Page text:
Friday, July 31, 2009

A Music Industry Mystery

Here's another rant. This ones not about copyright conundrums or eMusic pricing, it's about the fact that a lot of classical jazz is not easily available and there is no excuse for that. Tonight I did a search for two recordings: Club Session with Ken Colyer, and Danny's Dream, by Lars Gullin. Both are listed in the Penguin Guide to Jazz (may the book be praised!) as items in their Core Collection; but neither seems to be available in any form.

This makes absolutely no sense to me. Someone surely holds the copyrights to these recordings, and you'd think they would want to make at least a little money by selling them. Maybe the demand is so low that it won't pay to press some plastic, but how much can it cost to make them available for download at iTunes or eMusic? If the copyright holders can't afford this process, surely someone at the aforementioned outfits could do the job in a few minutes. Given current technology, nothing that exists in some format should be unavailable. A conversation tonight with a friend who is a much more serious collector than I am convinces me that there is a wealth of recorded jazz out there that is off the net. Music industry: for heaven's sake, and mine, get off your duff!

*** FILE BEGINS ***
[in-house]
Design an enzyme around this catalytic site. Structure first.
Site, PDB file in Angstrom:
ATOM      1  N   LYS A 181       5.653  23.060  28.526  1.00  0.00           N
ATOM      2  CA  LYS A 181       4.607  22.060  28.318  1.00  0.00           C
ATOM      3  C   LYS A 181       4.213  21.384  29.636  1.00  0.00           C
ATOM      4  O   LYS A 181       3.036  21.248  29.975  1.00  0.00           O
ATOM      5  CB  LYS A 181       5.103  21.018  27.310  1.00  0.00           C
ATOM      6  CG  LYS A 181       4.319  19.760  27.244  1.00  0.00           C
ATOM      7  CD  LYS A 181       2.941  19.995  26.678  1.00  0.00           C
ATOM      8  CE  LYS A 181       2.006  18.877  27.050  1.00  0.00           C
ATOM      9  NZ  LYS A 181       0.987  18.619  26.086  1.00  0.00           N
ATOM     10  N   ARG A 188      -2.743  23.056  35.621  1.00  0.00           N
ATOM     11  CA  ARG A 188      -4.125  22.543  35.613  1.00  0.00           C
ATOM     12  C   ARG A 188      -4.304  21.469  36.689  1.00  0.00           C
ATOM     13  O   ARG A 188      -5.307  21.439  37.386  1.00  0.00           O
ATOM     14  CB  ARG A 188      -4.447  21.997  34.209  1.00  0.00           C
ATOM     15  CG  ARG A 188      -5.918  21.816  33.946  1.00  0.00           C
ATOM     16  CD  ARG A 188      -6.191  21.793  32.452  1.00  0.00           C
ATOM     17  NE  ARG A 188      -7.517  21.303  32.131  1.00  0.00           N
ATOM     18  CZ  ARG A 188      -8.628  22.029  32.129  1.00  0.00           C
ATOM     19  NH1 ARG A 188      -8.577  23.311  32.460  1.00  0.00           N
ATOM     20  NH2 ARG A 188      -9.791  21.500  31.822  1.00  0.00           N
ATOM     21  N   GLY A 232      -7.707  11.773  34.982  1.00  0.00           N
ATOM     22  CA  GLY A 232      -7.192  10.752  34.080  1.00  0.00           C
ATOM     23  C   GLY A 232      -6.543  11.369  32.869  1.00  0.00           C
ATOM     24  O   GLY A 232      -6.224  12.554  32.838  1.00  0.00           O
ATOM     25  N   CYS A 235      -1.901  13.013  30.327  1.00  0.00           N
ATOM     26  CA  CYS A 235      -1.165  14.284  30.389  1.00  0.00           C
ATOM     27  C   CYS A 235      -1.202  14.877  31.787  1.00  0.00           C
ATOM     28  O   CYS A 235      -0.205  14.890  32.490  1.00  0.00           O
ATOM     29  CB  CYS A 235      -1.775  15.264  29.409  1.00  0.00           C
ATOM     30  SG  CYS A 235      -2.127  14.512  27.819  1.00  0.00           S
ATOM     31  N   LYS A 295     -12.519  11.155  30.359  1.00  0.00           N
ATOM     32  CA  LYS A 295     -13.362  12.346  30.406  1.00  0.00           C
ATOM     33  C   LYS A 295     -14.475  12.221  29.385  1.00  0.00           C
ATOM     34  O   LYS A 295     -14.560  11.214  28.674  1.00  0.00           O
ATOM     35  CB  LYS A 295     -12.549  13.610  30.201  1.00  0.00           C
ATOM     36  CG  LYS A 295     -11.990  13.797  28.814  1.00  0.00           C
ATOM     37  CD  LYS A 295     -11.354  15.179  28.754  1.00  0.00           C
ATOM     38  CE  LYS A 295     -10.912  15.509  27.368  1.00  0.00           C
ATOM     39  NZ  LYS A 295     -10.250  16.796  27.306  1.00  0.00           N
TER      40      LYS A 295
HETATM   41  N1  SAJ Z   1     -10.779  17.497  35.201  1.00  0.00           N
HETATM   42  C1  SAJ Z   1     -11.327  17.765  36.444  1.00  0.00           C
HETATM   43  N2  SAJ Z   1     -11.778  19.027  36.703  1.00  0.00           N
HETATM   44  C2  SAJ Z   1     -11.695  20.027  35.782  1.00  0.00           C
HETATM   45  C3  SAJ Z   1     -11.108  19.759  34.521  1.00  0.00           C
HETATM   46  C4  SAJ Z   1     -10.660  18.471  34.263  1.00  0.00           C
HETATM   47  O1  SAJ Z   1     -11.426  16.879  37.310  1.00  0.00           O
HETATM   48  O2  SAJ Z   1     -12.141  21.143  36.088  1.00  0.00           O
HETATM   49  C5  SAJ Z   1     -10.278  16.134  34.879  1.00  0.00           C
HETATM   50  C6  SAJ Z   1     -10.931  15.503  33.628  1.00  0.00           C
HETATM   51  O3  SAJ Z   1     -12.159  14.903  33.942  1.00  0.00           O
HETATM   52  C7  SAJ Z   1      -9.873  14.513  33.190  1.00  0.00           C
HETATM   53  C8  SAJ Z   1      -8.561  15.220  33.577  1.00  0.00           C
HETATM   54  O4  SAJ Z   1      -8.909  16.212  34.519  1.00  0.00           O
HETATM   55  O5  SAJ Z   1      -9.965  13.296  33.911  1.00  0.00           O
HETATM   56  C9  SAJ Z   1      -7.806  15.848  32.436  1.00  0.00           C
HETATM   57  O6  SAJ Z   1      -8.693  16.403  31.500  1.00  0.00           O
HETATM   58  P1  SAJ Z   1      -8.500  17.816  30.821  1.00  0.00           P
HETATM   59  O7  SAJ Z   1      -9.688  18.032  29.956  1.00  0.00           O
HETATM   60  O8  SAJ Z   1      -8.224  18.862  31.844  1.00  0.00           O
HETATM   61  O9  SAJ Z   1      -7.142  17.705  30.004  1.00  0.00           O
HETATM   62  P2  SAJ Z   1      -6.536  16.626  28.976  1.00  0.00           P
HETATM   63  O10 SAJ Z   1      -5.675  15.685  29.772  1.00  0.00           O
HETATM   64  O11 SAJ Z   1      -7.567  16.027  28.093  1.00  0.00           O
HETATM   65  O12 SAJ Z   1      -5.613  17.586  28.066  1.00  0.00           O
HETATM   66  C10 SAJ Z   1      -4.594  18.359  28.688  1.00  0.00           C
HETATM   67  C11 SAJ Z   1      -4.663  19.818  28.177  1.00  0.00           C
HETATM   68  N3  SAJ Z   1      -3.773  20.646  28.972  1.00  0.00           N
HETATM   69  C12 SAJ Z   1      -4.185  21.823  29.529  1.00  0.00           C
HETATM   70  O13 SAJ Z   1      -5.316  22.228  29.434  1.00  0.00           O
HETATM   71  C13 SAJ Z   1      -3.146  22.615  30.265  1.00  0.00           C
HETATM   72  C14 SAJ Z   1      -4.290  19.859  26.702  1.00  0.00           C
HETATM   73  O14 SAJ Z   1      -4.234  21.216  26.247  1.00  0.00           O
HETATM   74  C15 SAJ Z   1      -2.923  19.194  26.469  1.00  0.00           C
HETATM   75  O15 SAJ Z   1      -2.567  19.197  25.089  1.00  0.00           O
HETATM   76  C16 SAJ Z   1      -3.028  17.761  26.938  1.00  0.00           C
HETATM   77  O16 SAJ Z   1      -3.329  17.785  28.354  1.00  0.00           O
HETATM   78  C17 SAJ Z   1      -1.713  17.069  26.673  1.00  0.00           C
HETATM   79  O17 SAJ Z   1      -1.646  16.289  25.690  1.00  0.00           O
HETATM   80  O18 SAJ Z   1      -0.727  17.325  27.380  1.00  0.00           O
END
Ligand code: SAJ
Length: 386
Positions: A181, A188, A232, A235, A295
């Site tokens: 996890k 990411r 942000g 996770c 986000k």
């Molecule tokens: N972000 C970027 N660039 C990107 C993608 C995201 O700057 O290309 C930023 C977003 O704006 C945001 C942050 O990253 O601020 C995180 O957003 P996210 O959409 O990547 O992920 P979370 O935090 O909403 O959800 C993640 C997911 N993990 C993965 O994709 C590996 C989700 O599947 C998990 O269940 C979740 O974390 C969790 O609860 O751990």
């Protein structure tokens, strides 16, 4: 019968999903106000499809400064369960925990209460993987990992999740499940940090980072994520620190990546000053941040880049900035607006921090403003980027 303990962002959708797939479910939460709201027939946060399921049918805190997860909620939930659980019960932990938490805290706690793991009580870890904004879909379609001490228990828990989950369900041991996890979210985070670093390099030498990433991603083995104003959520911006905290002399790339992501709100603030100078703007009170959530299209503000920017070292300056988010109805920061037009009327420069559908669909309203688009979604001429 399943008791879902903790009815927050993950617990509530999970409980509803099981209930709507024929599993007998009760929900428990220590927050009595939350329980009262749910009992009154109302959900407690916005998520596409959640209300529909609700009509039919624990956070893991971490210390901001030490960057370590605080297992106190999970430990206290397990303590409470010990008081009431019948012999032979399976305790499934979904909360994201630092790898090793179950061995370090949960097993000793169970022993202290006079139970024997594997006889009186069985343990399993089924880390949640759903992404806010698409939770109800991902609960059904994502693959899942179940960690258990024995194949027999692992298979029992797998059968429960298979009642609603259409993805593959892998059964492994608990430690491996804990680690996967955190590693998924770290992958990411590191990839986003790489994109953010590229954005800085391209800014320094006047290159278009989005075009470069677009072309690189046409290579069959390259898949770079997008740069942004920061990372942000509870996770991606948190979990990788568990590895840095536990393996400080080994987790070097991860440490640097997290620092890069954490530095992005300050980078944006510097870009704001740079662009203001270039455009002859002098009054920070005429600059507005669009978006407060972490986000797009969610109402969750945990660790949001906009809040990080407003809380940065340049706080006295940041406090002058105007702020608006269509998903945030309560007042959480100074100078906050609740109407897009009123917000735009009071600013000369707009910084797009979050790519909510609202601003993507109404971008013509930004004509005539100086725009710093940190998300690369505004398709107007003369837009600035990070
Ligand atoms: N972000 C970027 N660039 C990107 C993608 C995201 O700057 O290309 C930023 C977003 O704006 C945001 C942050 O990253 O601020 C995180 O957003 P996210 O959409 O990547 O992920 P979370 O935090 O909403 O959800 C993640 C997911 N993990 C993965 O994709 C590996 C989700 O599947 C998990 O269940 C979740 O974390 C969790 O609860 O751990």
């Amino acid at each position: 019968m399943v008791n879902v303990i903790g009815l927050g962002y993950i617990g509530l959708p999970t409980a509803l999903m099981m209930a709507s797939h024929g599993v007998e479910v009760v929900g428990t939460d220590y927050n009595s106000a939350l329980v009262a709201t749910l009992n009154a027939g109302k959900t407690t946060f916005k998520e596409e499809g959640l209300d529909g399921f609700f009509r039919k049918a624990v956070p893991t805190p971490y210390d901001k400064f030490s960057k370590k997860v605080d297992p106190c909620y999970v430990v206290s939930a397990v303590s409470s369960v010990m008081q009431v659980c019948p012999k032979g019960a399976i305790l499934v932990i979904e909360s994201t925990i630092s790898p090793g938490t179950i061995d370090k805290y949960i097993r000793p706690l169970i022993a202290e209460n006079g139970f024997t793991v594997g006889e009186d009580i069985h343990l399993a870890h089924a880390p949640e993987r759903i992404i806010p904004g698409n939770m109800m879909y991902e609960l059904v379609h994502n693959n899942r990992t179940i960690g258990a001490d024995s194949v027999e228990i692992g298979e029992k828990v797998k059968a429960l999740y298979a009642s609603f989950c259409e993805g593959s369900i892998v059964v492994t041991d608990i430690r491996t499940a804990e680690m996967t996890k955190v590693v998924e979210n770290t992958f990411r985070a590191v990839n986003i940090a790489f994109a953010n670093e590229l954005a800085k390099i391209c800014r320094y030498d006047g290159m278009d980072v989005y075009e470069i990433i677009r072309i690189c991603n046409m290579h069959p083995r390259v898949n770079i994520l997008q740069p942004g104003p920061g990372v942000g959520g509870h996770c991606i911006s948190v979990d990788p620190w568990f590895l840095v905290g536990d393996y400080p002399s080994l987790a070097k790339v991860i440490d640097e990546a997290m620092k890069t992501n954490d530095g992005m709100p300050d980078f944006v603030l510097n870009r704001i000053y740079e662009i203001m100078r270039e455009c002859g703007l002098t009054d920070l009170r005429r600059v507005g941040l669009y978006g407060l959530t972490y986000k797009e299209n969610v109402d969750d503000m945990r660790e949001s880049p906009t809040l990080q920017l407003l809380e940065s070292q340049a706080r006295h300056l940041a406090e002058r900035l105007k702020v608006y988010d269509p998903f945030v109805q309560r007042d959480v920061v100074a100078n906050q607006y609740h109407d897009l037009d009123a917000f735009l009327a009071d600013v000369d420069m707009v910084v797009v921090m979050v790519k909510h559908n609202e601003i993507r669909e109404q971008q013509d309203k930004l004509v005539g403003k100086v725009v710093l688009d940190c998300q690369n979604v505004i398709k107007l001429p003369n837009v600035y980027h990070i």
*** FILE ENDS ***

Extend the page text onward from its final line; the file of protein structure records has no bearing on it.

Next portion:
Well, one relatively obscure recording I did find at eMusic was Free Fall, by Jimmy Giuffre. Giuffre was another multi-instrumentalist (clarinet, tenor and soprano sax, flute, bass flute (bass flute?)). He also managed the transition from big band and folk jazz to an astonishingly inventive form of free jazz in the 60's, when he would have been in his forties. I have learned a lot from The Jimmy Giuffre 3, with Jim Hall on guitar.

Free Fall is pure page four jazz. It is a mix of solos and trios, with Paul Bley on piano and Steve Swallow on bass. No drum. Not only is the beat missing, but the composition abandons melody as note to note narrative in favor of a tonal smear to smear approach. The story is told in an impressionistic language of subtle changes in texture.

Take a listen and hear what you think. I'm still thinking. But I find the problem worth scribbling about. It is nothing short of astounding that hairless apes should carve out an existential dimension as rich as this. I note that Giuffre had an odd sense of humor. His album covers feature men in brown jackets with narrow, black ties. Lawrence Whelk comes to mind. Boy is that not it!
Jimmy Giuffre/Threewee/Free Fall

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